A Message to the Twitter Cynics
This note goes out to the scores of individuals who haven’t yet figured out the microblogging platform known as Twitter.
Dear Cynics and Skeptics and Perplexed Ones:
I owe you a big fat apology. And it warrants more than 140 characters.
I’m sorry for failing to give you a clear, compelling (or even coherent) reason why you should give a darn about Twitter.
Despite being an avid, enthusiastic tweeter, when asked to explain the value of the platform, I’ve stumbled. Repeatedly.
Part of my struggle, I think, is that Twitter can serve so many different roles for different people at different times. It’s adaptable enough to morph from an information source, to a research tool, to a real-time search engine, to a virtual hangout with buddies. That’s a huge part of Twitter’s power, but it also contributes to its elusiveness. It’s really challenging to sum up for someone who hasn’t experienced it first-hand.
Unlike Facebook, Twitter requires a longer-term commitment of time and effort before generating any kind of tangible benefit. Many folks just don’t have the patience.
Yet despite what you may think, Twitter is about so much more than posting what I ate for breakfast. No one really cares about that anyway (I barely do).
What it actually is, for me, is a tool for connecting with individuals and organizations in ways that are much richer, quicker and more fruitful than other methods.
In practical terms, Twitter enables me to:
Join communities of like-minded folks. I can share content, ideas and opinions with others who share my interest in architecture, technology, PR, music and other subjects.
Learn more about any conceivable topic. Twitter is a massive resource center of expertise on important issues – from climate change to economic trends to conflicts in the Middle East. And it also provides a wealth of insights on much less weighty issues like the latest celebrity scandals.
Get to the heart of breaking news. Not only does Twitter beat traditional news sources to the punch of major news events, but it also aggregates first-hand accounts from witnesses as well as real-time perspectives of people around the world.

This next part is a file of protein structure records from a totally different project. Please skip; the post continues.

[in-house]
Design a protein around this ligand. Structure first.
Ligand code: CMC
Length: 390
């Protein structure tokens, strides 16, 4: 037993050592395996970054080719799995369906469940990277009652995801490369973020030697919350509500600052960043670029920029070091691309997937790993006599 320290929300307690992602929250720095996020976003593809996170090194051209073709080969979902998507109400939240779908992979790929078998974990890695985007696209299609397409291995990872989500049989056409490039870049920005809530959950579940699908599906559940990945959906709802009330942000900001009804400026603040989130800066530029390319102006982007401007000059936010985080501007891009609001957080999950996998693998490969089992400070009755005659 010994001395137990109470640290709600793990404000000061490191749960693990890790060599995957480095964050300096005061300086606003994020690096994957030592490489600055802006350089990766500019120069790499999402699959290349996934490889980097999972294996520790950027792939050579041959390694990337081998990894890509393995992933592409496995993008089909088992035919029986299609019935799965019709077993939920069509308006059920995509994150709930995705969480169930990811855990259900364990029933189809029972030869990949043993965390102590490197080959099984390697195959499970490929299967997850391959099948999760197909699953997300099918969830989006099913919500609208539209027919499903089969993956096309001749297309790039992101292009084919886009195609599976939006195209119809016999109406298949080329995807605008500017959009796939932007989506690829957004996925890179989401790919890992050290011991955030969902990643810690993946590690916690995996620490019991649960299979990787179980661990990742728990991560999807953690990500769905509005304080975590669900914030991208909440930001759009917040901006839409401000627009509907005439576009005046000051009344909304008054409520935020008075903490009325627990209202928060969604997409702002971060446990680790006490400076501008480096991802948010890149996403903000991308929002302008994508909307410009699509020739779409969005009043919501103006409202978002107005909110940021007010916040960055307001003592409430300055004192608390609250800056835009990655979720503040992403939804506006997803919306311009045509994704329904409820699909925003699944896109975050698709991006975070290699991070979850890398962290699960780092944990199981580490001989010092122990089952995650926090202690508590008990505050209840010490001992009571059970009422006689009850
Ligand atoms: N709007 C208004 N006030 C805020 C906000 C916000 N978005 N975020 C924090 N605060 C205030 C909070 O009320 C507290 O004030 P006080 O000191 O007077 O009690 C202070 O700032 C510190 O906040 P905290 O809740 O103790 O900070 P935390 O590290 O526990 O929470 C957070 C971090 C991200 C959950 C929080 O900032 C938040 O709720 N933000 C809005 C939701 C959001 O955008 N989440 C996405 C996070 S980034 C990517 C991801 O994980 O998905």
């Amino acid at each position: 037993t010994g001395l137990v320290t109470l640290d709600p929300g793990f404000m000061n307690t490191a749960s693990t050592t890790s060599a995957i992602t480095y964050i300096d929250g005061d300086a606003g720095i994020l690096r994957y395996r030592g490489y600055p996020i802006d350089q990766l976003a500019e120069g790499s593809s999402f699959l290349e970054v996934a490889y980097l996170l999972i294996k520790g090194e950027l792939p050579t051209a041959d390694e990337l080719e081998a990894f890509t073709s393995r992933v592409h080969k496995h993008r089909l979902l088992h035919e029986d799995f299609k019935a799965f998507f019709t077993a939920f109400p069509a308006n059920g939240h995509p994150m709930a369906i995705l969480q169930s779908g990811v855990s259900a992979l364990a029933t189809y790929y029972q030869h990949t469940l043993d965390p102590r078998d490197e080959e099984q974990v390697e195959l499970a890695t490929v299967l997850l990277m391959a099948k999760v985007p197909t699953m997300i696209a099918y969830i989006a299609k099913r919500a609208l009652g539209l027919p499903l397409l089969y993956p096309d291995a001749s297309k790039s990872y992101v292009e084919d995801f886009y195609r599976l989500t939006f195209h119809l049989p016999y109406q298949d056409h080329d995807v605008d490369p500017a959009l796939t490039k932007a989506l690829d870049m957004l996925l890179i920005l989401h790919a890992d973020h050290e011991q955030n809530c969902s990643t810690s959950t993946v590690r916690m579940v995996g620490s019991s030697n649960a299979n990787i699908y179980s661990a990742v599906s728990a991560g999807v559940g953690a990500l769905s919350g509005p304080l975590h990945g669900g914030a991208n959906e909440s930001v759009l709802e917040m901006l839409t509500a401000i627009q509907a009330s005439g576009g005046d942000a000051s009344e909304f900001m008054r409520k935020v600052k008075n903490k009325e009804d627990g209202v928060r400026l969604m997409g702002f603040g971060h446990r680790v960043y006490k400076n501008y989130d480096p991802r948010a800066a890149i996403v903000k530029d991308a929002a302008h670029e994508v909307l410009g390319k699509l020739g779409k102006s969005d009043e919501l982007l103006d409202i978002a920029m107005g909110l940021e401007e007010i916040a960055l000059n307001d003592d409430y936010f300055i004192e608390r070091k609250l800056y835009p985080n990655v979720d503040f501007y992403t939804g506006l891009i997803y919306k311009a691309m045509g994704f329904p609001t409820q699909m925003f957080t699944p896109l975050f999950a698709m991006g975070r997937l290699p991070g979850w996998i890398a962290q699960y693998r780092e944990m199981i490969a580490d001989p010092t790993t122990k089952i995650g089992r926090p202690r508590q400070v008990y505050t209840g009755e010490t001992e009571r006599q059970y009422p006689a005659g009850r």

Conduct on-the-fly research. I can pose questions and ask for recommendations or feedback from my followers on any number of topics. Hashtags also enable me to search for all tweets that relate to a specific event, trend or commonly used term.
Monitor companies and topics that matter to me. By using free Twitter management tools such as TweetDeck and Hootsuite, I can collect all tweets that mention a specific word or phrase. This helps me stay on top of who’s sharing what, and when. Because I’m seeing things on a real-time basis, I’m able to share (a.k.a. “retweet”) stuff I appreciate and quickly correct erroneous information or unfounded rumors.
Review lots of content – quickly. I’m able to scan dozens of “headlines” and decide whether to click on any of the accompanying links to articles, blog posts, images and other content.
Discipline my thoughts (and therefore my writing). The 140-character limit, while somewhat random, forces me to distill my posts to their most compelling essence.
Experiment and play around. I can try sharing different types and tones of content to see what resonates most with others. And because I’m a bit of a jokester, I also enjoy sharing funny comments and articles with others who might appreciate them.
So let’s get down to brass tacks…
Have I secured new clients? Yes!
Broken through to mainstream media?Yes!
Been inspired? Big time!
P.S. To get started, here's a terrific Twitter primer.
P.P.P.S. You won’t discover this on Twitter, but I had waffles for breakfast.